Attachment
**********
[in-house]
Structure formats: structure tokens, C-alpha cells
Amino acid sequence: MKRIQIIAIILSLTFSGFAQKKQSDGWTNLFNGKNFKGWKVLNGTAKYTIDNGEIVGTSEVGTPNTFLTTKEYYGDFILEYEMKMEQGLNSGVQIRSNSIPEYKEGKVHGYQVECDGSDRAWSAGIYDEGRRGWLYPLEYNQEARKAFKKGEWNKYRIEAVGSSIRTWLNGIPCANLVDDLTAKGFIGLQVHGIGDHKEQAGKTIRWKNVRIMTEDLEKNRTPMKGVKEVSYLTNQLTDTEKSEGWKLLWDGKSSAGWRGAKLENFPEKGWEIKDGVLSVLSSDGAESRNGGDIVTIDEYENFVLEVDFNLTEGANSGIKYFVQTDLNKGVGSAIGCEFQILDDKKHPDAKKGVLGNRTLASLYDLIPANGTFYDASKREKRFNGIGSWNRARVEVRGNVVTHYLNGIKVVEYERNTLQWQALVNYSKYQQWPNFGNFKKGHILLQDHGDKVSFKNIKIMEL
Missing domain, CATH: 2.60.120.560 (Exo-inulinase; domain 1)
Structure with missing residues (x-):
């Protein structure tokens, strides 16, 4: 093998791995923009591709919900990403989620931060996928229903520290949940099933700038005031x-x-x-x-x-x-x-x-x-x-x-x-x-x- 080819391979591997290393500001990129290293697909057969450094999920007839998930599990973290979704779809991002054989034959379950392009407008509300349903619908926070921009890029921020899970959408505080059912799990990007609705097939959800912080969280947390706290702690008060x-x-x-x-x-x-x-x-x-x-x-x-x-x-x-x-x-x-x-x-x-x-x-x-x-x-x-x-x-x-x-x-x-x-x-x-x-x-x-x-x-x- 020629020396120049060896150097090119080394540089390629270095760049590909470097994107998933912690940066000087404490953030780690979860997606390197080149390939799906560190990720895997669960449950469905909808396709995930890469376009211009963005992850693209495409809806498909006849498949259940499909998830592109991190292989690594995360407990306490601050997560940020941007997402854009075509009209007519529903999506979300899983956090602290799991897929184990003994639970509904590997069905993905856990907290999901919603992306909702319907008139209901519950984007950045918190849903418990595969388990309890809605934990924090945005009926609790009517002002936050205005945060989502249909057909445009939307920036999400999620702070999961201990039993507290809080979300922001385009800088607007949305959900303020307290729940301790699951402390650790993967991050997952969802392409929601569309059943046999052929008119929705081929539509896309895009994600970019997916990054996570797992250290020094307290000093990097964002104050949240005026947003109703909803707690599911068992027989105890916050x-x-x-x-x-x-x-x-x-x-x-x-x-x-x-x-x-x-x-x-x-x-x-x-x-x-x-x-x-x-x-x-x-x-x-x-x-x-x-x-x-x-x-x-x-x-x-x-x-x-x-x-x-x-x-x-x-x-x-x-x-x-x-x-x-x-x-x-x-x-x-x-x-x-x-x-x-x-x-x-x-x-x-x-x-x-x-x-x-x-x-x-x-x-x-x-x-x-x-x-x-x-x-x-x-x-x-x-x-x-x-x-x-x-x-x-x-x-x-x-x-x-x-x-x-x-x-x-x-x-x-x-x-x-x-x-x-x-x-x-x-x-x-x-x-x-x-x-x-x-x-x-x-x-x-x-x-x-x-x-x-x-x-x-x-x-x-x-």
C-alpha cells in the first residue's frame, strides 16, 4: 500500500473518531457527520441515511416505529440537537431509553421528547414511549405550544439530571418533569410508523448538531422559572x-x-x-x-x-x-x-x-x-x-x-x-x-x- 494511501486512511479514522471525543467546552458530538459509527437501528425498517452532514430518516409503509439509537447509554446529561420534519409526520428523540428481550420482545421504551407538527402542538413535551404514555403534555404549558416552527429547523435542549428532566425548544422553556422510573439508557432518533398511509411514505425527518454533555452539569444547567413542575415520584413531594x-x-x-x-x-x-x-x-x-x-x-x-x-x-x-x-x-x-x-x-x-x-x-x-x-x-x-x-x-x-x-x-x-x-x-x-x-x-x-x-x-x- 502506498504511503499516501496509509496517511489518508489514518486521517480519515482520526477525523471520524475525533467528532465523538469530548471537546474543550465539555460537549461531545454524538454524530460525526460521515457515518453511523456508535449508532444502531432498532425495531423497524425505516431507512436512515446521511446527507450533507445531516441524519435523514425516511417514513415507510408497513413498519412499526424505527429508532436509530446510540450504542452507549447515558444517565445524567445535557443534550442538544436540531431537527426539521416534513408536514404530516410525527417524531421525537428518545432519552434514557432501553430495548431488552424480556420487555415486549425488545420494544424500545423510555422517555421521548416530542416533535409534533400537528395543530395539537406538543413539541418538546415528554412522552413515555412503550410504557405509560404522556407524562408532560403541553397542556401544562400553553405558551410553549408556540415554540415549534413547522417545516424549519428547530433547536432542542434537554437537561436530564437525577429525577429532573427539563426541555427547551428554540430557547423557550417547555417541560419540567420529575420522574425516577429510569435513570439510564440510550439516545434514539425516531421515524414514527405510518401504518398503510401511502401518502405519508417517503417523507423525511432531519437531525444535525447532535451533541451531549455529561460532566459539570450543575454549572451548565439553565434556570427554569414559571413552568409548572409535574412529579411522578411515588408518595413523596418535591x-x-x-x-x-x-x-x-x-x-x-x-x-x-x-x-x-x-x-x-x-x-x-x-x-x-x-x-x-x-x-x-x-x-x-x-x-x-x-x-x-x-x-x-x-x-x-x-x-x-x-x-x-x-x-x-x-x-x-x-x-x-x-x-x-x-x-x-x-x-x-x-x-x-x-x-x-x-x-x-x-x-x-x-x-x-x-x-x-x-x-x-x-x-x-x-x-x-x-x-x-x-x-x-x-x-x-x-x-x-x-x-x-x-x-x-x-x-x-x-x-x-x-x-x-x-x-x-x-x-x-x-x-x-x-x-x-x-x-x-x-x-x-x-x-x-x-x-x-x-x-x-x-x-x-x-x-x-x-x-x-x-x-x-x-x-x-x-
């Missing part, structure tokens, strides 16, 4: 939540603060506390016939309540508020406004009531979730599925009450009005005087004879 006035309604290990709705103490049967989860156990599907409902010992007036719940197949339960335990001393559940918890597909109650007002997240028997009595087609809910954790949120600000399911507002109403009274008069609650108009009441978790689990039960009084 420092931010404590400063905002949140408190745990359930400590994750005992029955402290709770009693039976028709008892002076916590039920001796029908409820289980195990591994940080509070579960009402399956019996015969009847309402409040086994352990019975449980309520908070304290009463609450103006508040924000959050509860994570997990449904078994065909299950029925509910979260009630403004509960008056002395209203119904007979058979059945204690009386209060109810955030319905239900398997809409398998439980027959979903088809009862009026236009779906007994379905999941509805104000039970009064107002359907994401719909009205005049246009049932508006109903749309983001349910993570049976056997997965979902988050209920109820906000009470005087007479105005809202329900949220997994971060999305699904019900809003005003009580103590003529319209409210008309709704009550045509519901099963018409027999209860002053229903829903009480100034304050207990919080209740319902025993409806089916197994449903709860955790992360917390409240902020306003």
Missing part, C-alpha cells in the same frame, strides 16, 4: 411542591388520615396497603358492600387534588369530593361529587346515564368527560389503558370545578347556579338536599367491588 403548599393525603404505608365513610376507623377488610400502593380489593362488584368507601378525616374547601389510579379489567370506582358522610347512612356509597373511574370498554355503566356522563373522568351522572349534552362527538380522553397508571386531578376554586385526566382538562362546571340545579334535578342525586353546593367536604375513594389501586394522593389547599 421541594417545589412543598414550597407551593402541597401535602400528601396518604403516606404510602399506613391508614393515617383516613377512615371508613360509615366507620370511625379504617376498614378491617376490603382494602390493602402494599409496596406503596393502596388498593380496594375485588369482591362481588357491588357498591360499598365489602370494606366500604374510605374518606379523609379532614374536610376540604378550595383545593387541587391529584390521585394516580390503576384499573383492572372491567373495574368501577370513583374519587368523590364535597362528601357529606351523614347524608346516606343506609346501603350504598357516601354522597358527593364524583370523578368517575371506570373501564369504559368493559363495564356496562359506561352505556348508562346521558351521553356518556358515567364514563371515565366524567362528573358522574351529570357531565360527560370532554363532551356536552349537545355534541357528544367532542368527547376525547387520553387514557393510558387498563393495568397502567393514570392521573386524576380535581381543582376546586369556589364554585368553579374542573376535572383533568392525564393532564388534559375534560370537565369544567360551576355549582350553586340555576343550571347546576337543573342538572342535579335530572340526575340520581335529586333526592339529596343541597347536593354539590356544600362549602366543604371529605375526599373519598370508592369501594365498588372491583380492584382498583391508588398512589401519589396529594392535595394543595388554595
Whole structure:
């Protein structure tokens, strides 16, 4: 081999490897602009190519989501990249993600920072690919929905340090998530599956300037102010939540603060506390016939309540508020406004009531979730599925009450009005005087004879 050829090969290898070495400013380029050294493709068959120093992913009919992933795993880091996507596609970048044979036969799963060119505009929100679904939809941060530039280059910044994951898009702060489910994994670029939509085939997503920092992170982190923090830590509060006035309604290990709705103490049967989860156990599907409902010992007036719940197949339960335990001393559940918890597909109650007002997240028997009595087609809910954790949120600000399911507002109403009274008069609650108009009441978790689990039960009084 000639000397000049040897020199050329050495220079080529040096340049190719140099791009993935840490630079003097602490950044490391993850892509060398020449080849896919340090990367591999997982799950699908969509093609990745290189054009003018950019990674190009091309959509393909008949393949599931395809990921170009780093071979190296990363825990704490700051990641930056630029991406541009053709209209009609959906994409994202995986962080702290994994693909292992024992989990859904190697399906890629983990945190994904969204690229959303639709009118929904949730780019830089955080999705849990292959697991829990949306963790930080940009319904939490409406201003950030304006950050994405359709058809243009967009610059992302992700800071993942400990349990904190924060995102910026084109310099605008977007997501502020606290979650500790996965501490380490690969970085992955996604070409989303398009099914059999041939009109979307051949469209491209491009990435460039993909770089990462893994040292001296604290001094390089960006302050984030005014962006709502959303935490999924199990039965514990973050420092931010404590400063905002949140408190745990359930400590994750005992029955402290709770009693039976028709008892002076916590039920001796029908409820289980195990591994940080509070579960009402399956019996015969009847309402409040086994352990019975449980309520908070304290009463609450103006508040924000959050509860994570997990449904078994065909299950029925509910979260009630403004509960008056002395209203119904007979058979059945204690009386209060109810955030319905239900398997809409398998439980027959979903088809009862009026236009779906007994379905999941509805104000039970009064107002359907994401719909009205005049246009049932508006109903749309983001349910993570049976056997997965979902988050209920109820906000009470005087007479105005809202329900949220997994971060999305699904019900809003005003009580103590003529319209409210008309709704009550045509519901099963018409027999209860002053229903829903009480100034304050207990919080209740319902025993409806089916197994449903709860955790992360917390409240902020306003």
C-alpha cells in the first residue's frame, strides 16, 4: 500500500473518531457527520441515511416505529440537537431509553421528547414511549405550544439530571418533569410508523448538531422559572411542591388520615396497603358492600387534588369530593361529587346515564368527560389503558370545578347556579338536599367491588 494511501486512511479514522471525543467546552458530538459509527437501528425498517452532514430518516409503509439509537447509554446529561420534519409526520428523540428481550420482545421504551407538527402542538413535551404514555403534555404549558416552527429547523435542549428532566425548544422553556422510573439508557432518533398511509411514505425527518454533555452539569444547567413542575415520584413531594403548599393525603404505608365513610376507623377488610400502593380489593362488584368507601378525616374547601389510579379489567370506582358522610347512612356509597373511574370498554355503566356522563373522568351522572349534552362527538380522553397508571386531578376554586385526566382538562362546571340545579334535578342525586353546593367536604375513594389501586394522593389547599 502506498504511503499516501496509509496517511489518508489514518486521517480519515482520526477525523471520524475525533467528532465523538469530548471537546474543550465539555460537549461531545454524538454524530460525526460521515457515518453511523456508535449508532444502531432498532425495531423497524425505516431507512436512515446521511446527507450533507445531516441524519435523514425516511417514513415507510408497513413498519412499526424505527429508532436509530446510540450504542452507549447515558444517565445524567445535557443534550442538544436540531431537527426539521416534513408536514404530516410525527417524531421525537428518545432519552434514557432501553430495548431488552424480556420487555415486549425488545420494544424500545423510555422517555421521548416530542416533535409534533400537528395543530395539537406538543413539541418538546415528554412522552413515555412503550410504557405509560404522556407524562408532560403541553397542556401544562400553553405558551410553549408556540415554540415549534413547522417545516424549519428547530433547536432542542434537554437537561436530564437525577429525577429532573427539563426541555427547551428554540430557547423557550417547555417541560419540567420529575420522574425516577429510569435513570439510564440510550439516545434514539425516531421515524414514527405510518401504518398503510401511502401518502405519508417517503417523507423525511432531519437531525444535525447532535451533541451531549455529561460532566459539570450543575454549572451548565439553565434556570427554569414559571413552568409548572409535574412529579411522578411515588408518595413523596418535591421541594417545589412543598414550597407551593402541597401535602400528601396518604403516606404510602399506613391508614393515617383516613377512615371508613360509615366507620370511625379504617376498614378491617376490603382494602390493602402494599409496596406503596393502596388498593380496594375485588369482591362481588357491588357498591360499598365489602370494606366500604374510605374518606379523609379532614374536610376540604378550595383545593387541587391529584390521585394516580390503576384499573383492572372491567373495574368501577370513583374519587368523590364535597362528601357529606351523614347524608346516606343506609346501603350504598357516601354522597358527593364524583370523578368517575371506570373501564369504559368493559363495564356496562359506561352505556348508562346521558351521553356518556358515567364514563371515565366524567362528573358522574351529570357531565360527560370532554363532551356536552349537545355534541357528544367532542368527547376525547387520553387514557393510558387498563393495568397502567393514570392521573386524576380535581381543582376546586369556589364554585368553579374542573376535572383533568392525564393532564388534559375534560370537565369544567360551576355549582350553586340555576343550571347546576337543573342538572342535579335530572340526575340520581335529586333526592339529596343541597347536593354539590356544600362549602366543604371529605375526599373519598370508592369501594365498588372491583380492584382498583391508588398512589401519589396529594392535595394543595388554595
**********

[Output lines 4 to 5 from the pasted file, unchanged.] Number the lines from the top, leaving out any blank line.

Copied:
Missing domain, CATH: 2.60.120.560 (Exo-inulinase; domain 1)
Structure with missing residues (x-):